Racing heart. Sweaty palms. An overwhelming feeling of terror. All signals that our brain has activated our sympathetic nervous system and adrenal-corticol system to prepare us to either fight the oncoming threat, or flight from it. Useful reactions, necessary for our survival.
But what about if there was no oncoming threat? What if this was all triggered simply by a TV programme, or by going down an escalator. What if merely thinking the about number eight, or seeing the colour purple, brought you out in a cold sweat? Would it still be a useful reaction?
Dr Raymond Hamdan, psychologist at the Human Relations Institute in Knowledge Village, says that this is the main difference between a fear and a phobia – the presence of a stimulus. He says, “When there is a stimulus, or stimuli, present that causes a fight-or-flight reaction in a person, it’s fear. But when you have the same reaction without a stimulus, it’s phobia. Anxiety is when someone experiences an irrational, or illogical, sense of fear in response to something, or a situation. Phobia is simply and extension of that anxiety.” Put simply, if someone feels uneasy on the viewing terrace at the top of the Burj Khalifa, it’s a totally normal reaction to heights. If walking out on to the viewing terrace triggers a panic attack, that’s a fear. If just talking about it puts them into a panic, that’s a phobia.
A common anxiety
Dr Hamdan explains that there are multiple different expressions of anxiety, including generalised anxiety disorder, OCD and panic disorder, and that phobia is just one of them. He goes on to say that he believes phobia to be the most common form of anxiety. He says, “Phobia is probably the single largest category of anxiety disorders, in terms of the number of people who suffer from it. In the population globally, between five and 12 per cent of people suffer from some sort of phobic disorder.”
While the American Psychological Association agrees with this statistic (they say that 10 per cent of people suffer from phobia at some point over their lifetime), they also say that, out of all the people who suffer with phobia, only a small number – six per cent – actually seek professional help. When you consider how debilitating some fears can be, it seems unbelievable that people wouldn’t get it seen to.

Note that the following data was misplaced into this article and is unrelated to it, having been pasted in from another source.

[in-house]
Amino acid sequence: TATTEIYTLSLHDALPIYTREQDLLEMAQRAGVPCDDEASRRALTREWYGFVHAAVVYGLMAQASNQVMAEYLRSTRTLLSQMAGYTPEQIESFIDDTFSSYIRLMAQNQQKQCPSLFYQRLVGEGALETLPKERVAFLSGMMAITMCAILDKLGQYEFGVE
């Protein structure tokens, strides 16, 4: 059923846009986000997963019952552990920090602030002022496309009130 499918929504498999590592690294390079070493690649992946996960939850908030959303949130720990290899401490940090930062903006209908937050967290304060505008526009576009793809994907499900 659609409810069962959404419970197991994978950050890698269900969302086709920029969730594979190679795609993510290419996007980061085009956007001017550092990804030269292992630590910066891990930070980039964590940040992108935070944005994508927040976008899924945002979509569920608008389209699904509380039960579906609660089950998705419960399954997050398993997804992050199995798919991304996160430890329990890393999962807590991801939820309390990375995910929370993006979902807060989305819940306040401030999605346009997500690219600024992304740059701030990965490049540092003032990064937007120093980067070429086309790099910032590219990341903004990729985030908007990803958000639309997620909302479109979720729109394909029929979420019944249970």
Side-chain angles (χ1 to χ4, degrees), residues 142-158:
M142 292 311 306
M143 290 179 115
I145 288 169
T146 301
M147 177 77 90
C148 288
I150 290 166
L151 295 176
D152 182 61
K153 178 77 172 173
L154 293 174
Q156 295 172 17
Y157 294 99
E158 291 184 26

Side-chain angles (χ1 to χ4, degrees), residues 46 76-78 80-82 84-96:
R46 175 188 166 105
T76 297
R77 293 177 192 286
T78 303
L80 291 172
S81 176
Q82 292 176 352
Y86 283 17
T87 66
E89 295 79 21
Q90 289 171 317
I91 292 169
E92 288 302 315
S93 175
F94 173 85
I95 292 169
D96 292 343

Carolyn Coe is a Master NLP life coach who regularly helps clients with fears and phobias. Luckily for her clients, Carolyn knows exactly how scary – and illogical – phobias can be, and how willingly sufferers will absorb their phobias into their day-to-day lives as, until just a few years ago, Carolyn suffered from a phobia of eggs. She says, “When you have a phobia of something, you think nobody will understand the level of your fear. And often they don’t. It was a real trauma for me for many years… my parents used to tell people that I was allergic to eggs because it was easier than explaining that I had a phobia of them. There seemed to be a lack of understanding of phobias and a stigma against them… People just could never understand, or believe, that my fear could be that bad.”
When you’re phobic, there are always some people who will try and talk you out of it. “Come now, eggs can’t hurt you.” Or, “Don’t be silly, there’s never been a shark attack here before.” But, as anyone that has had a phobia will tell you, rational discourse doesn’t even touch the sides of true fear. You know in your head, and heart, that there is nothing really to be afraid of, but the clever biological systems in your body, that jump into action in the face of danger, think otherwise. Carolyn says, “I couldn’t hold an egg in my hand, I couldn’t eat them, or anything that contained them. I used to work in catering and I would actively avoid kitchens and rooms that had eggs in them… when I had it my way, there were no eggs on site at all. I only had to do think about smelling an egg and my heart rate would start going up and I would taste blood in my mouth. I knew eggs couldn’t harm me, but it didn’t stop me feeling anxious at the thought of them.”